No matter what you call them, factory-built homes have come a long way

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No matter what you call them, factory-built homes have come a long way

 


Oak Creek Homes is in the business of manufacturing, selling, financing, and providing insurance products for consumers of factory-built housing.  Its current product line includes everything from traditional low cost, single section homes to multiple-section, fully improved modular homes that are virtually indistinguishable from site-built housing.  In order to fully understand the Company’s diverse offerings, a basic explanation of important terms is required.

 

You may remember Lucille Ball and Desi Arnez in the 1954 film, “The Long, Long Trailer”.  In it the two stars act as honeymooners whose first home is just what the title describes, a trailer house.  The earliest mobile homes were designed to be readily moved behind most any vehicle and bore more resemblance to today’s travel trailers than the homes the Oak Creek Homes builds today.  As time progressed, these homes became larger and consequently were less likely to be moved.  Just the same, the term “trailer house” and “mobile home” became part of the American vernacular to describe such products. 

 

A 1976 legislative act, The HUD Title 6 Construction Standards Regulation brought strict construction standards to the industry, and the term “manufactured home” was adopted to reflect the newer and improved product. With time, advanced construction techniques made possible larger and more sophisticated homes.  Houses with 2, 3 or even 4 sections became part of the landscape and were accented with new features such as genuine taped and textured interiors, high roof pitches and top-of-the-line finishing materials. This code was last updated in 2010.

 

In today’s market, there are basically two types of homes sold by Oak Creek Homes. Those built to HUD’s federal code are typically referred to as “manufactured” homes. The terms “trailer house” and “mobile home” are typically used to describe homes built before the 1976 legislation that defined the term “manufactured home”, but we know that many folks still like to use the older terms.  Modular homes are those built to local building codes: the same as site-built homes.  These homes are mostly constructed in our factory and then completed on site with an engineered foundation.  It is important to understand the difference between the two types of homes.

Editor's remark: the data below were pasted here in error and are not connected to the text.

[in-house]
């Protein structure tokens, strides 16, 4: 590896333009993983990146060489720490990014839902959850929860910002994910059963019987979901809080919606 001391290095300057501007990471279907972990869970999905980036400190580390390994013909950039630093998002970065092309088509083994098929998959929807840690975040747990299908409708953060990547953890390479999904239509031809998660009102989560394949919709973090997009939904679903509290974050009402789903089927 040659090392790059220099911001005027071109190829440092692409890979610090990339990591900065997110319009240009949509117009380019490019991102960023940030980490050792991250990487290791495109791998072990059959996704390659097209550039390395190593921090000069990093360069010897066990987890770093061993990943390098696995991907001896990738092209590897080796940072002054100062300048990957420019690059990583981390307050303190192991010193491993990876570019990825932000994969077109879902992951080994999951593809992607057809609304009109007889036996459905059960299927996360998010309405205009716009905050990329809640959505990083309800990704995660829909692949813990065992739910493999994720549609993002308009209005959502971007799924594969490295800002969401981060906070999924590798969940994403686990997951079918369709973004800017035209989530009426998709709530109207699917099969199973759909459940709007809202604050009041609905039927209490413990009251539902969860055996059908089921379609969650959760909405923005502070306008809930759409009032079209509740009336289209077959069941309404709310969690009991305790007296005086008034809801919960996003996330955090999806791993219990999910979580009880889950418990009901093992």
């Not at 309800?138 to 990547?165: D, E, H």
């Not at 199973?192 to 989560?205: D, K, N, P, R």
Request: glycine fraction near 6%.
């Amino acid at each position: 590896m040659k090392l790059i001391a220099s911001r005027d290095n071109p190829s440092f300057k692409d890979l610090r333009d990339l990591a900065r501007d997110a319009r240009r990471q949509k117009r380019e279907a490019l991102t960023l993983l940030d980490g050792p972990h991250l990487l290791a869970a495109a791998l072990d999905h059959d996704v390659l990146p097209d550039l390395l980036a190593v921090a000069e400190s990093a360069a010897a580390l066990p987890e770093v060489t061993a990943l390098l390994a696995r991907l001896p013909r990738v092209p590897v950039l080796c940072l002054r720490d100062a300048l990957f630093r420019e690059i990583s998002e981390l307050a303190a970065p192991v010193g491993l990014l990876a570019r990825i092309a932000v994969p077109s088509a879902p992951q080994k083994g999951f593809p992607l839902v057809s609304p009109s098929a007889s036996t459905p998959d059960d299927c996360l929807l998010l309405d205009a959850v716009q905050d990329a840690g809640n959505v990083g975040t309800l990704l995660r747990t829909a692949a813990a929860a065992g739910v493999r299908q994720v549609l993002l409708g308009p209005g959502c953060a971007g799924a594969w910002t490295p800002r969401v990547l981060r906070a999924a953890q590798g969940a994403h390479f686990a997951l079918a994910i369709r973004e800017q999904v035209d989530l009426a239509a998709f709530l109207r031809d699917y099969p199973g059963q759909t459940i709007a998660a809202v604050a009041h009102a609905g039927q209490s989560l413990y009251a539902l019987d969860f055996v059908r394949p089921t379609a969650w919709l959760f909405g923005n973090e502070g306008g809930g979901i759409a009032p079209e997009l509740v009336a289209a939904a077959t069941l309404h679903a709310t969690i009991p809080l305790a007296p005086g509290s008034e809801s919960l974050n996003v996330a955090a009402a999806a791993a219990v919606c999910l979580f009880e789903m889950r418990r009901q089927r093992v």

The first type of home, a traditional HUD-code or manufactured home, is often referred to as a “mobile home” or “trailer house” by the general public.  It is built to the strict standards of the federal government and is different from the modular home in several ways.  First, all HUD code homes will come with a large permanent steel frame attached as its undercarriage.  You have the option of having the steel frame removed on a modular home. Second, a manufactured home does not require an engineered foundation as part of its setup, though this approach will often provide a more stable footing for the home.  It may also make it eligible for more attractive financing terms.  There are several minor differences in the actual construction standards for a HUD-code home, a list of which is available by for download.  It is also important to note that all of these differences add up to several thousands of dollars in savings for the consumer as compared to the purchase of a modular home.

 

The second type of home sold in today’s market is the modular variety, which shares the same construction features as those you would expect in a site-built home.  Unlike HUD-code homes, modular homes are built to meet local building codes and offer the best features of a factory-built home and a traditional site-built home.  Upon delivery, it is required that modular homes are placed on an engineered foundation and the home be permanently affixed to the foundation.  Consequently, a modular home exhibits the same strength as a traditional site-built home.  Another difference is, as stated before, the consumer has the option of removing the steel frame from many modular models. 

 

From a legal perspective, there is another key difference between the two types of homes.  A HUD-code home may be installed on a leased site and can have a certificate of title issued by the State, much like a car title.  Conversely, a modular home becomes real property once it is installed.  It is considered an improvement to real estate.    As a result, a modular home will always be financed as one with the land. So, if it is important that you not involve your land in the financing, HUD-code is the way to go.   

 

It is important to note that, in Texas, a municipality cannot differentiate between a modular home and a site-built home.  In other words, if a modular home meets the standards of the other newly constructed homes in the area, the municipality cannot prohibit the home’s entry into the neighborhood due to the fact that it is built in a factory.  On the other hand, any community has the legal right to prohibit the introduction of manufactured homes into their jurisdiction.  Like site-built housing, both modular and manufactured homes are subject to the individual zoning restrictions of the city and the subdivision in which they are being installed. Be sure to check your local zoning requirements and your deed restrictions prior to purchasing your home.

 

So which type of home is right for you?   We can help you make the right decision.  Come visit us and tell us your ideas and we can find the right home for you and your family. Whatever you want to call it: Prefab home, single wide, double wide, high-end dream home, affordable alternative, HUD-coded manufactured home, or modular cityscape, they are all available from Oak Creek Homes!